Tiny 3D printed eye implant could treat diabetes

Researchers in Sweden have developed a small device for implantation in the eye

green brown eye
Pixabay/Bruno Henrique

Scientists from the KTH Royal Institute of Technology and Karolinska Institutet have described their efforts to develop a 3D printed eye implant.

The research, which was published in Advanced Materials, provides for the possibility of cell-based therapy – for example, for type 1 or type 2 diabetes – using the eye as a base. 

Senior lecturer at KTH Royal Institute of Technology, Anna Herland, highlighted that the eye does not have immune cells that react unfavourably to the first stage of implantation.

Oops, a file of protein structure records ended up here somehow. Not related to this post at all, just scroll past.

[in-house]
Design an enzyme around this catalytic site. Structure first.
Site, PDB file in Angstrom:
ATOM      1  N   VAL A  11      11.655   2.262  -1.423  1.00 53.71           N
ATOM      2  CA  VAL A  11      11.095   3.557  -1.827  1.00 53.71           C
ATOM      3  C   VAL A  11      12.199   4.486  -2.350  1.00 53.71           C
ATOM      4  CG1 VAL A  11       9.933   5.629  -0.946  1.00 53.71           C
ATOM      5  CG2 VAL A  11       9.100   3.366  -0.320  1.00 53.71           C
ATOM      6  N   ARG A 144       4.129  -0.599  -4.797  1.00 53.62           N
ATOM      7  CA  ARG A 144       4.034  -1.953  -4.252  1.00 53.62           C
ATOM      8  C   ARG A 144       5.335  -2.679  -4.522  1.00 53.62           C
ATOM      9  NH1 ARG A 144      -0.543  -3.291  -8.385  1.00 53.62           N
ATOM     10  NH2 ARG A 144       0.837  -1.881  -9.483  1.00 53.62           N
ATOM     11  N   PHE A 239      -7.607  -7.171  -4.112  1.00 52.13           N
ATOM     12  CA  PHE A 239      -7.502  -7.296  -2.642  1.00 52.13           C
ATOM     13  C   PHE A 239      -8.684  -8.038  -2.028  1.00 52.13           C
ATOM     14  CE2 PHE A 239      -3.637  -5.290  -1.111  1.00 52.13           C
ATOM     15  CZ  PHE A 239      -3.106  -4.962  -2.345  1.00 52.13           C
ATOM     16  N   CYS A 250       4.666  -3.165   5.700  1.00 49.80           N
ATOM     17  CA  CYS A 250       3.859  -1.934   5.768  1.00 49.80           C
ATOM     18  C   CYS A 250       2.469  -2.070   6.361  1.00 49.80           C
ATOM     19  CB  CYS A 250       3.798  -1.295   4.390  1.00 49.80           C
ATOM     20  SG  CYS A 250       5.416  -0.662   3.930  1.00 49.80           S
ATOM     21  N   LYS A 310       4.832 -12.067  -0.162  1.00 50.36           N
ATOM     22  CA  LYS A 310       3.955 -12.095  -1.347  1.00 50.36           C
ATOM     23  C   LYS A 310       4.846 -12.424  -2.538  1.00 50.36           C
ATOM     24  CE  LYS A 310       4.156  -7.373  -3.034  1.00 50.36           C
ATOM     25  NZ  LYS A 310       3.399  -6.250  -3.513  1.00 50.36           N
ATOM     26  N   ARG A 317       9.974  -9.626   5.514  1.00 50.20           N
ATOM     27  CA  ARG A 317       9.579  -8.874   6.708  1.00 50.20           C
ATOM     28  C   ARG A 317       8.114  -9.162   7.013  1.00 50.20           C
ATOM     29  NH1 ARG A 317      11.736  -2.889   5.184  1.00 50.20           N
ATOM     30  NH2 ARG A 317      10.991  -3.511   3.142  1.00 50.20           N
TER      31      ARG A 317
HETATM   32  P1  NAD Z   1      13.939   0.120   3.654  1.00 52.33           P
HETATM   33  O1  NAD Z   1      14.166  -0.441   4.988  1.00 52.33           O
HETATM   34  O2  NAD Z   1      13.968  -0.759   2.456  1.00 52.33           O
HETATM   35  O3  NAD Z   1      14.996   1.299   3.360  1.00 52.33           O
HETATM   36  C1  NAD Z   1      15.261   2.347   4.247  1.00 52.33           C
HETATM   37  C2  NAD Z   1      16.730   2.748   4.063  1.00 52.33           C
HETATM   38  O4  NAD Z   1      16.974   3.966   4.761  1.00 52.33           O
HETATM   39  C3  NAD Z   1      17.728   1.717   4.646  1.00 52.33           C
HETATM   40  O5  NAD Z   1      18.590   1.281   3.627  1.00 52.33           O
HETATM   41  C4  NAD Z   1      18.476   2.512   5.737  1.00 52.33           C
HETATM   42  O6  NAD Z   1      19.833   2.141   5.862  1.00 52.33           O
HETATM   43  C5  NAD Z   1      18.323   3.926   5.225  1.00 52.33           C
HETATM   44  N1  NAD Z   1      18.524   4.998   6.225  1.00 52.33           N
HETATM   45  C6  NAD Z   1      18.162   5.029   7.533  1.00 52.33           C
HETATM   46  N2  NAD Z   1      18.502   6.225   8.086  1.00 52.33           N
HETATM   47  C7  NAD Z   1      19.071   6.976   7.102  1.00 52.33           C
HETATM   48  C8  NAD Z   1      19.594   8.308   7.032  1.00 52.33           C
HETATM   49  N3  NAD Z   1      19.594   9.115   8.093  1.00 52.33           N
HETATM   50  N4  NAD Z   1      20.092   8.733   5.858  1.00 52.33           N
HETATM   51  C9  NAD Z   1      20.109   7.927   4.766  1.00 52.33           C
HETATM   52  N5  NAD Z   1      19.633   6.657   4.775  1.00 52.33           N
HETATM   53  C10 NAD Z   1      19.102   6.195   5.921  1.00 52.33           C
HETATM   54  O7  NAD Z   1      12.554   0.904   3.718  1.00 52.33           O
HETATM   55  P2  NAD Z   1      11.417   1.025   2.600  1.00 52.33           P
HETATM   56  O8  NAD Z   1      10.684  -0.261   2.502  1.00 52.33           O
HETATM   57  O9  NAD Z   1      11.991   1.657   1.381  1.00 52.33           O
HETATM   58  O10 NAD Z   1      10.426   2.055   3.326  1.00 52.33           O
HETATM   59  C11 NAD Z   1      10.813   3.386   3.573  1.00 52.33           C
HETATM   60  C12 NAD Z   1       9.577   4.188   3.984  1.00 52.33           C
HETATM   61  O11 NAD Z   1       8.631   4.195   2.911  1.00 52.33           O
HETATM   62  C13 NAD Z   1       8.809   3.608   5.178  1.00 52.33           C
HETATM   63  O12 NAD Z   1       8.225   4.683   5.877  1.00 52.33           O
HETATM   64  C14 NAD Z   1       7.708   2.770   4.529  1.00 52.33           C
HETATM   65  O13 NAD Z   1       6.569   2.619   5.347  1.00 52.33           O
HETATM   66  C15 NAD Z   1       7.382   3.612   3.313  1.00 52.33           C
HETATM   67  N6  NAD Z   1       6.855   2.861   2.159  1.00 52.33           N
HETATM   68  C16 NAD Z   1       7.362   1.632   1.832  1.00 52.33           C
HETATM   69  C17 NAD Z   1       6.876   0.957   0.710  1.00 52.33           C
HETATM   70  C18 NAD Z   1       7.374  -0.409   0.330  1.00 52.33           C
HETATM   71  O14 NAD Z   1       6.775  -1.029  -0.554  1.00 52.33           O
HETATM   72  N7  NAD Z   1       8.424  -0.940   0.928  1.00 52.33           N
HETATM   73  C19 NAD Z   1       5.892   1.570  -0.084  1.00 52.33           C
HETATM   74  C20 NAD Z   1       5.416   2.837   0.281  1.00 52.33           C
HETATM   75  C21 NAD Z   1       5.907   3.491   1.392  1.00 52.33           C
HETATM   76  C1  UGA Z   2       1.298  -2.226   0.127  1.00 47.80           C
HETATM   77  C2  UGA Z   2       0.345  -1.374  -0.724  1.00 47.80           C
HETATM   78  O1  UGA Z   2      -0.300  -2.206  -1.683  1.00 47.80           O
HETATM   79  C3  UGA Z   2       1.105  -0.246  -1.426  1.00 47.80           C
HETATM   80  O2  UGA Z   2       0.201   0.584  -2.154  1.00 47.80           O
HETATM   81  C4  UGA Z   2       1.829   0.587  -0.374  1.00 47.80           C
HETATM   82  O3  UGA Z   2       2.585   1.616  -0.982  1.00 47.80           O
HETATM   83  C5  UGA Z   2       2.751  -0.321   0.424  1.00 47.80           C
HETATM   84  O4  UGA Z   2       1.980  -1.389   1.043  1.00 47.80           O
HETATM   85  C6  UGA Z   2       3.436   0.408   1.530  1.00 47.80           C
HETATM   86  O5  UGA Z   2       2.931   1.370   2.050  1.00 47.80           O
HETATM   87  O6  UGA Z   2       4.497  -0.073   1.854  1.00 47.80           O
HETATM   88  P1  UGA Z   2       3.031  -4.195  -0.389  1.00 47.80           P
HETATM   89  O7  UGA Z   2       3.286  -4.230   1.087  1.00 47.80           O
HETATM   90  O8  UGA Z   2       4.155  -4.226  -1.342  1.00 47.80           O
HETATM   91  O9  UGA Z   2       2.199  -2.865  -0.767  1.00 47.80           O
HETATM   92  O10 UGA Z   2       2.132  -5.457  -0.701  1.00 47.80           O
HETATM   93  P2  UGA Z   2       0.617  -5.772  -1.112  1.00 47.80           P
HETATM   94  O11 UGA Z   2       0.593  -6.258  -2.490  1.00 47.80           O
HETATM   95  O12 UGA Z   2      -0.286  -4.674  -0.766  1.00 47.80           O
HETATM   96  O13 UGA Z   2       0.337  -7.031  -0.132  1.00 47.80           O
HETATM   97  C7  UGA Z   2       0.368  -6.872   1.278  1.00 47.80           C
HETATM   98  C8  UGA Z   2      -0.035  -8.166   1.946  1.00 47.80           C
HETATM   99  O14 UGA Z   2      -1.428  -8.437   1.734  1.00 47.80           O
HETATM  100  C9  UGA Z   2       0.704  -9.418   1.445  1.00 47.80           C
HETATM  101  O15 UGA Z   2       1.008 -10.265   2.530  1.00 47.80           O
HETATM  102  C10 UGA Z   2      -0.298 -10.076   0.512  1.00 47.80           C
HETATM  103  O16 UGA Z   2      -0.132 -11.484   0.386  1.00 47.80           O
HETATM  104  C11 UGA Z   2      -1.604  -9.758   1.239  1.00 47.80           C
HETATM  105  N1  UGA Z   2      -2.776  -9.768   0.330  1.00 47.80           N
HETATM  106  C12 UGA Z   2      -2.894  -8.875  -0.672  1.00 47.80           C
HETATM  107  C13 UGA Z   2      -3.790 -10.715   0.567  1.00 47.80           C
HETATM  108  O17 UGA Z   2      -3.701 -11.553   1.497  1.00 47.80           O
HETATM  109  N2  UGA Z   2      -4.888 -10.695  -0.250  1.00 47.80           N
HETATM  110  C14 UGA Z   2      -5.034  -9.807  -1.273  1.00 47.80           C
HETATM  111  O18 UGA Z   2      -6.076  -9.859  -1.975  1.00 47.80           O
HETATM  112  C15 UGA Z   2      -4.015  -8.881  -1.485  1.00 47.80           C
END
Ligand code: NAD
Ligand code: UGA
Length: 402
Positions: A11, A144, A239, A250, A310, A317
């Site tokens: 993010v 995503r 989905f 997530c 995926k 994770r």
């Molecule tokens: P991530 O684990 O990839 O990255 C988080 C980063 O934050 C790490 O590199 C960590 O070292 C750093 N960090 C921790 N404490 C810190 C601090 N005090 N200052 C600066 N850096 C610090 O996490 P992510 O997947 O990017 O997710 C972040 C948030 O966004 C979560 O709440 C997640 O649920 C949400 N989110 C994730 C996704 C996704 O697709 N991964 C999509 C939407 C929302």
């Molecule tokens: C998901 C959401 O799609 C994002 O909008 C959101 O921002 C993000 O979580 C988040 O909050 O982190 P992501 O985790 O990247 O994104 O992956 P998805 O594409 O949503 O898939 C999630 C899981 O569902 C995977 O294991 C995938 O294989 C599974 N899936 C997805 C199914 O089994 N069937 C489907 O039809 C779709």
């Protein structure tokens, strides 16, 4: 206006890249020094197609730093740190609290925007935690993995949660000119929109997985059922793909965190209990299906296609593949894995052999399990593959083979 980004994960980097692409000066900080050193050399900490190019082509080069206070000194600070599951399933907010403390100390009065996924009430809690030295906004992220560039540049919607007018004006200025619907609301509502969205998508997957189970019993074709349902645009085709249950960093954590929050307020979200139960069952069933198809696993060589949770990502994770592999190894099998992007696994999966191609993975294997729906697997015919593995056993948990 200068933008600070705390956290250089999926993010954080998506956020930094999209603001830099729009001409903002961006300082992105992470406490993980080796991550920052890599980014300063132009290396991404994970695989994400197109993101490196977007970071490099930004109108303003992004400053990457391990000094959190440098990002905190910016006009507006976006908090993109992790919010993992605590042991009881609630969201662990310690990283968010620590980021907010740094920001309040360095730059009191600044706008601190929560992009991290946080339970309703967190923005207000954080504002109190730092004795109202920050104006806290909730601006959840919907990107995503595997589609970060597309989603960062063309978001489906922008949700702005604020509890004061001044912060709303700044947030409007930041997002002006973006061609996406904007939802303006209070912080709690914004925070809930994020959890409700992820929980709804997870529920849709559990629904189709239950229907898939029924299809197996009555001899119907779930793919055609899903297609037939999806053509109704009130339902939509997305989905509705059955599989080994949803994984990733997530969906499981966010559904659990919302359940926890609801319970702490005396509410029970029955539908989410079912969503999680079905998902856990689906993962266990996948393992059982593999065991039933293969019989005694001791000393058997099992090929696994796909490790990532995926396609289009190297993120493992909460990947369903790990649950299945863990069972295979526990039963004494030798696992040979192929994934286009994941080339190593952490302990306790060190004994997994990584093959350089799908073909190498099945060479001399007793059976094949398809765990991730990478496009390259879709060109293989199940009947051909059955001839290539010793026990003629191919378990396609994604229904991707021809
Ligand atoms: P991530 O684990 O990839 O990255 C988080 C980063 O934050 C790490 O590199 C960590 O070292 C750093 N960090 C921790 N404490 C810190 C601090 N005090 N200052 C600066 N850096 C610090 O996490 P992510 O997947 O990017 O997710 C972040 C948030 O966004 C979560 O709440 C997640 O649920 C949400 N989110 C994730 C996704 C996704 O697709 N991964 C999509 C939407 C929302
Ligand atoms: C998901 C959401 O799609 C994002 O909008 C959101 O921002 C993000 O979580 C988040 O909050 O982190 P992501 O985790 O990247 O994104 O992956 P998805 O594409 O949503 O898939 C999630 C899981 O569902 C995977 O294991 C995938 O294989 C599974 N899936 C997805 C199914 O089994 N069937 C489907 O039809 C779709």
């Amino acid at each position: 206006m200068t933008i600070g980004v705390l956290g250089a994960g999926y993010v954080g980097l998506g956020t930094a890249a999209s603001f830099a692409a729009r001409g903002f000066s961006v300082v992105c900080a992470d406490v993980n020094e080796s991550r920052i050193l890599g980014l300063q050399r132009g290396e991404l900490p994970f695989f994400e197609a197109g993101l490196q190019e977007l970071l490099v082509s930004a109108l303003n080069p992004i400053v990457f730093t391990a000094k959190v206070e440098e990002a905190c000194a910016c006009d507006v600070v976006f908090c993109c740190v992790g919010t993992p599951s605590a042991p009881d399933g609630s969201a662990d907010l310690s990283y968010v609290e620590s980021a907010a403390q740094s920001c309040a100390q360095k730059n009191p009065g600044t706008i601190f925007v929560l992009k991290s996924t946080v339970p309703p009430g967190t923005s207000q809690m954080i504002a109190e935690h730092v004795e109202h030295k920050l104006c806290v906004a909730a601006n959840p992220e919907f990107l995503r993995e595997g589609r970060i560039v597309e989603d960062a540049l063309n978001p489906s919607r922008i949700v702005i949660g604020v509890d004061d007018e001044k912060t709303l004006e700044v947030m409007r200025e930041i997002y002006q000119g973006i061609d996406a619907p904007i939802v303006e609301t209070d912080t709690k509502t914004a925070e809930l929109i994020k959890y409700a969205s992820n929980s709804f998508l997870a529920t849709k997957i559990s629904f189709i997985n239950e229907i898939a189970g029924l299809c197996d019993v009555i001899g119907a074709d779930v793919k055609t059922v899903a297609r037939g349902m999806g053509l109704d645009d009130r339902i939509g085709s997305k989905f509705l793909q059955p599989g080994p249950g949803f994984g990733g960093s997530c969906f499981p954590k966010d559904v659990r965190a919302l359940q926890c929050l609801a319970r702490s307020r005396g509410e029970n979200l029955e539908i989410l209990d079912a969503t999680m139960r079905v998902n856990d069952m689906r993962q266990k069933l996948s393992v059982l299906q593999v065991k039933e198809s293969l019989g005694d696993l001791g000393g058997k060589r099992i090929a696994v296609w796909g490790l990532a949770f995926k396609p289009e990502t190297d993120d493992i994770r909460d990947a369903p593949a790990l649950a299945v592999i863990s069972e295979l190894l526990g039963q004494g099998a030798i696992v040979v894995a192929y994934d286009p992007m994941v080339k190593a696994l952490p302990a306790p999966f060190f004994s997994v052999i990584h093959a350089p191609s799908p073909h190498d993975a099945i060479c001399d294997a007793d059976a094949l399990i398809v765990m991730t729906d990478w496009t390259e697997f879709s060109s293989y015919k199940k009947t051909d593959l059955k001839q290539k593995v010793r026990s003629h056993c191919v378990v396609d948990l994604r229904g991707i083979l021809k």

The transparency of the eye also allows for study of what happens to the implant over time.

“The eye is our only window into the body, and it’s immune-privileged,” Herland said.

The device, which is 240 micrometers long, is designed to be fixed between the iris and the cornea in the anterior chamber of the eye.

In experiments in mice, the implant maintained its position for several months.

Herland shared that the research opens up the potential for more advanced device functions, such as integrated electronics or drug release.